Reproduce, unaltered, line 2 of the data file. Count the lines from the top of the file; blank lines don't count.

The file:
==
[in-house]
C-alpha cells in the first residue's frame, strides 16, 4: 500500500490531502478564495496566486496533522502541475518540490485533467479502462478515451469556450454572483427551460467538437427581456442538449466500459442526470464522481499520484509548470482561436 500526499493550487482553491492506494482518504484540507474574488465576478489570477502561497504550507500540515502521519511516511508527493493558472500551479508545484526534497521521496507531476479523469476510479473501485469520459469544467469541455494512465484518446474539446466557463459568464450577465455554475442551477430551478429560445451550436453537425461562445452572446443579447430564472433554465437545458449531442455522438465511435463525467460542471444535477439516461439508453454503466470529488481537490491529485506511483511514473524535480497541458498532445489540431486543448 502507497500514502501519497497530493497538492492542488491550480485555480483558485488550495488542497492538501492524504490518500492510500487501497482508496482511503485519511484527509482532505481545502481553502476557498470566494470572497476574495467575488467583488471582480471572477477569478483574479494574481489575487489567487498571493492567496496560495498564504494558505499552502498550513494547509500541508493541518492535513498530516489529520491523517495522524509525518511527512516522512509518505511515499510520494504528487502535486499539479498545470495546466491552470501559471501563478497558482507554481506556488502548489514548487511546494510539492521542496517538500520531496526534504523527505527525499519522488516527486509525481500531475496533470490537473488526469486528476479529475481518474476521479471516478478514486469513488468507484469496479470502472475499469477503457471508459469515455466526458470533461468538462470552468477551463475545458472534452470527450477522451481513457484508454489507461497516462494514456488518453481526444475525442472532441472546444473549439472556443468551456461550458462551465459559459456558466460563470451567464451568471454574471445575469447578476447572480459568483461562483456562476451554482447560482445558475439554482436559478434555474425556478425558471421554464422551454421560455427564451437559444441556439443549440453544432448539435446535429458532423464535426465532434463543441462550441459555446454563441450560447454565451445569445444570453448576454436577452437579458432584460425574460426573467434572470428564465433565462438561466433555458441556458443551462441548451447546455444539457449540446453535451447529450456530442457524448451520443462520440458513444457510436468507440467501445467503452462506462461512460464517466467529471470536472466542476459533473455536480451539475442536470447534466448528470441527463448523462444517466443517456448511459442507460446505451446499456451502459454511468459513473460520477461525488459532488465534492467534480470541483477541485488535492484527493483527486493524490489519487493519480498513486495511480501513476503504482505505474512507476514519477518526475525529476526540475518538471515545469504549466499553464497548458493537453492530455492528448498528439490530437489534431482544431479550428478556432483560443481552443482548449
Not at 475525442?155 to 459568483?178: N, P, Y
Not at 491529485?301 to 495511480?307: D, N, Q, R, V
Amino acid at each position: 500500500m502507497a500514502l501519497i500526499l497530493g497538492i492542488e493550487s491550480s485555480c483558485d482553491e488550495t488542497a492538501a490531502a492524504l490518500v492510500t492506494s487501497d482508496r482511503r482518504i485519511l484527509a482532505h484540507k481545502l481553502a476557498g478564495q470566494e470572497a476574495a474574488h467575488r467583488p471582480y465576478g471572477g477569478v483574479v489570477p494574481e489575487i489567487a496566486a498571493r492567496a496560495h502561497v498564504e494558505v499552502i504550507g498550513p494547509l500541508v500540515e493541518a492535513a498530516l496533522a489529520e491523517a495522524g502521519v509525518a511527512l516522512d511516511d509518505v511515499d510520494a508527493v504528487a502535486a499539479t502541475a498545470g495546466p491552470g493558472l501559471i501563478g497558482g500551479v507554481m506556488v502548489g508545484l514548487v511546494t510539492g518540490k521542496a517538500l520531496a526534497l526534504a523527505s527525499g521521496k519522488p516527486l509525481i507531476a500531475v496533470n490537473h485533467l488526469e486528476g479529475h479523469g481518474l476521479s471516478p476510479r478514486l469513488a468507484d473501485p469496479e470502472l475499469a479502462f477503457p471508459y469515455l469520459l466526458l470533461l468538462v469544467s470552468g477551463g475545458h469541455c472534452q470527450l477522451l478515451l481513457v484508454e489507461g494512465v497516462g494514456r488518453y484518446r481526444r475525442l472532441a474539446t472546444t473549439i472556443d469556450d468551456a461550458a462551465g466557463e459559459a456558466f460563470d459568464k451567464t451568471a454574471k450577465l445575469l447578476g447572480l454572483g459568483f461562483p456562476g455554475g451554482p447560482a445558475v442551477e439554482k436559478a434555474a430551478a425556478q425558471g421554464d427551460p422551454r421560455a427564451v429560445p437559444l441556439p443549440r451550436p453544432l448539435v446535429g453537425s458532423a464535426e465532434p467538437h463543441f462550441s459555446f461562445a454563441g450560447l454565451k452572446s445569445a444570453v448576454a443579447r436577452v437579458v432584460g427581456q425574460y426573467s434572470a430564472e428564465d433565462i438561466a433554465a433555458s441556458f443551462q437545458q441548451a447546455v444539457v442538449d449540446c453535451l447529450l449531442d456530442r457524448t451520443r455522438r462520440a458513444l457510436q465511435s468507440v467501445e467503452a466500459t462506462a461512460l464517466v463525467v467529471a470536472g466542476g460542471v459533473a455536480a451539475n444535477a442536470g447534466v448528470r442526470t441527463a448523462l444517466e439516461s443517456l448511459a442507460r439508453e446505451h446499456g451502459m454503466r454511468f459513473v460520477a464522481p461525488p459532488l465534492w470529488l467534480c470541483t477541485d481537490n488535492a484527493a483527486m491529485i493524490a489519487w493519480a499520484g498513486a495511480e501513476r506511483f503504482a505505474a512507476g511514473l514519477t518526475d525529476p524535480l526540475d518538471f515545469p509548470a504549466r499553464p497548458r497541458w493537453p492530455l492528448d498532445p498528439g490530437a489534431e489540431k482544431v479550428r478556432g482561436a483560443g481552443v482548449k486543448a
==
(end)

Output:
C-alpha cells in the first residue's frame, strides 16, 4: 500500500490531502478564495496566486496533522502541475518540490485533467479502462478515451469556450454572483427551460467538437427581456442538449466500459442526470464522481499520484509548470482561436 500526499493550487482553491492506494482518504484540507474574488465576478489570477502561497504550507500540515502521519511516511508527493493558472500551479508545484526534497521521496507531476479523469476510479473501485469520459469544467469541455494512465484518446474539446466557463459568464450577465455554475442551477430551478429560445451550436453537425461562445452572446443579447430564472433554465437545458449531442455522438465511435463525467460542471444535477439516461439508453454503466470529488481537490491529485506511483511514473524535480497541458498532445489540431486543448 502507497500514502501519497497530493497538492492542488491550480485555480483558485488550495488542497492538501492524504490518500492510500487501497482508496482511503485519511484527509482532505481545502481553502476557498470566494470572497476574495467575488467583488471582480471572477477569478483574479494574481489575487489567487498571493492567496496560495498564504494558505499552502498550513494547509500541508493541518492535513498530516489529520491523517495522524509525518511527512516522512509518505511515499510520494504528487502535486499539479498545470495546466491552470501559471501563478497558482507554481506556488502548489514548487511546494510539492521542496517538500520531496526534504523527505527525499519522488516527486509525481500531475496533470490537473488526469486528476479529475481518474476521479471516478478514486469513488468507484469496479470502472475499469477503457471508459469515455466526458470533461468538462470552468477551463475545458472534452470527450477522451481513457484508454489507461497516462494514456488518453481526444475525442472532441472546444473549439472556443468551456461550458462551465459559459456558466460563470451567464451568471454574471445575469447578476447572480459568483461562483456562476451554482447560482445558475439554482436559478434555474425556478425558471421554464422551454421560455427564451437559444441556439443549440453544432448539435446535429458532423464535426465532434463543441462550441459555446454563441450560447454565451445569445444570453448576454436577452437579458432584460425574460426573467434572470428564465433565462438561466433555458441556458443551462441548451447546455444539457449540446453535451447529450456530442457524448451520443462520440458513444457510436468507440467501445467503452462506462461512460464517466467529471470536472466542476459533473455536480451539475442536470447534466448528470441527463448523462444517466443517456448511459442507460446505451446499456451502459454511468459513473460520477461525488459532488465534492467534480470541483477541485488535492484527493483527486493524490489519487493519480498513486495511480501513476503504482505505474512507476514519477518526475525529476526540475518538471515545469504549466499553464497548458493537453492530455492528448498528439490530437489534431482544431479550428478556432483560443481552443482548449